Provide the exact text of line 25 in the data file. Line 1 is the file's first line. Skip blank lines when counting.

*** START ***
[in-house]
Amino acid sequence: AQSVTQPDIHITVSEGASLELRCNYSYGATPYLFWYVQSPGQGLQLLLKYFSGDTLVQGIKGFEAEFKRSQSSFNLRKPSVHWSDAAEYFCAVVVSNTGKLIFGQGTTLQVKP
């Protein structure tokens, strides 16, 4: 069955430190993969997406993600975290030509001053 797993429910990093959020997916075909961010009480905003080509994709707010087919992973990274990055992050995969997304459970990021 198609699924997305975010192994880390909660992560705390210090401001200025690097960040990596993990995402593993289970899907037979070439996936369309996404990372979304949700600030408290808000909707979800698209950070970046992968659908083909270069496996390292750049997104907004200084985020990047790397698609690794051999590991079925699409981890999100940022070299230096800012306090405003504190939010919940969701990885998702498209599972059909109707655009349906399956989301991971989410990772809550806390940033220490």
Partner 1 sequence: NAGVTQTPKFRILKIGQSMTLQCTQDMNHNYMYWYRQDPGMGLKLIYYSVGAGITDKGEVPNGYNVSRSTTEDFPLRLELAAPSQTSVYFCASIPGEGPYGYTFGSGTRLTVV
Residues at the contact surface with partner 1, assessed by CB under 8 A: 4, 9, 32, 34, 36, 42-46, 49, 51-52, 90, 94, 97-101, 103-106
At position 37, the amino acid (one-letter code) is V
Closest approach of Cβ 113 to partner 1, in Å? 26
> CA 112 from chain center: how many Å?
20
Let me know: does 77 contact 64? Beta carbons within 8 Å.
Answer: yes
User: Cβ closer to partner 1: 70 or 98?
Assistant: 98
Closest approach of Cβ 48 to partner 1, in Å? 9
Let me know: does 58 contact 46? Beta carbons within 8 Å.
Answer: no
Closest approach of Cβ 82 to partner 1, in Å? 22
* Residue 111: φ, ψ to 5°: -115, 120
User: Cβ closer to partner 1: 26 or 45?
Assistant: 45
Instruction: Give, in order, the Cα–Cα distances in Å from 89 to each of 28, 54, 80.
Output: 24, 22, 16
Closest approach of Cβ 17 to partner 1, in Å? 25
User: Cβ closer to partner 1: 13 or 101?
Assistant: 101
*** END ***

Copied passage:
Assistant: 101